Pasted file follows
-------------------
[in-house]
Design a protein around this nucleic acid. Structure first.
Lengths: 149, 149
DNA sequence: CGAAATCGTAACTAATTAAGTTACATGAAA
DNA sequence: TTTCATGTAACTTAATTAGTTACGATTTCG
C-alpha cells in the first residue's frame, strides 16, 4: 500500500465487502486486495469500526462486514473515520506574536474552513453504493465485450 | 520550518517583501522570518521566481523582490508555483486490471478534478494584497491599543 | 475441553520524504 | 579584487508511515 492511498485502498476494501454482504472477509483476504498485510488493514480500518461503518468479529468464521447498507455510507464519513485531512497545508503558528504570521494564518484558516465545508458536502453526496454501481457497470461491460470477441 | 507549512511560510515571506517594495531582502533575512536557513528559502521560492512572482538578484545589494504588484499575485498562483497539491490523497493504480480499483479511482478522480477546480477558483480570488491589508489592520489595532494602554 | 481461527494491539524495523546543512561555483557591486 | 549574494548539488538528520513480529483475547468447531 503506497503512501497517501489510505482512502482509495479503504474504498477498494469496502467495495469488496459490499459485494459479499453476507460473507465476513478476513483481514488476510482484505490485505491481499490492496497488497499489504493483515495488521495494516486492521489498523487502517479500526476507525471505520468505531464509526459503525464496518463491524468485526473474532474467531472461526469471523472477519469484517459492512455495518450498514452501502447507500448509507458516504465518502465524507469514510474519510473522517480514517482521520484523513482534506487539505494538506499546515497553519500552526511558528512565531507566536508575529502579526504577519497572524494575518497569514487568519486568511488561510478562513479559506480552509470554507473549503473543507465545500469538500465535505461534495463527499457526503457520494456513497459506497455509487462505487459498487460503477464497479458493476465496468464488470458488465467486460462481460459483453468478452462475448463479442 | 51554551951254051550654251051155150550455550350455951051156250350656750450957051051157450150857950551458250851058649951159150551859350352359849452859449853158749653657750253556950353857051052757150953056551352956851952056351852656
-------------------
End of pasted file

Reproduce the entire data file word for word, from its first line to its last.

[in-house]
Design a protein around this nucleic acid. Structure first.
Lengths: 149, 149
DNA sequence: CGAAATCGTAACTAATTAAGTTACATGAAA
DNA sequence: TTTCATGTAACTTAATTAGTTACGATTTCG
C-alpha cells in the first residue's frame, strides 16, 4: 500500500465487502486486495469500526462486514473515520506574536474552513453504493465485450 | 520550518517583501522570518521566481523582490508555483486490471478534478494584497491599543 | 475441553520524504 | 579584487508511515 492511498485502498476494501454482504472477509483476504498485510488493514480500518461503518468479529468464521447498507455510507464519513485531512497545508503558528504570521494564518484558516465545508458536502453526496454501481457497470461491460470477441 | 507549512511560510515571506517594495531582502533575512536557513528559502521560492512572482538578484545589494504588484499575485498562483497539491490523497493504480480499483479511482478522480477546480477558483480570488491589508489592520489595532494602554 | 481461527494491539524495523546543512561555483557591486 | 549574494548539488538528520513480529483475547468447531 503506497503512501497517501489510505482512502482509495479503504474504498477498494469496502467495495469488496459490499459485494459479499453476507460473507465476513478476513483481514488476510482484505490485505491481499490492496497488497499489504493483515495488521495494516486492521489498523487502517479500526476507525471505520468505531464509526459503525464496518463491524468485526473474532474467531472461526469471523472477519469484517459492512455495518450498514452501502447507500448509507458516504465518502465524507469514510474519510473522517480514517482521520484523513482534506487539505494538506499546515497553519500552526511558528512565531507566536508575529502579526504577519497572524494575518497569514487568519486568511488561510478562513479559506480552509470554507473549503473543507465545500469538500465535505461534495463527499457526503457520494456513497459506497455509487462505487459498487460503477464497479458493476465496468464488470458488465467486460462481460459483453468478452462475448463479442 | 51554551951254051550654251051155150550455550350455951051156250350656750450957051051157450150857950551458250851058649951159150551859350352359849452859449853158749653657750253556950353857051052757150953056551352956851952056351852656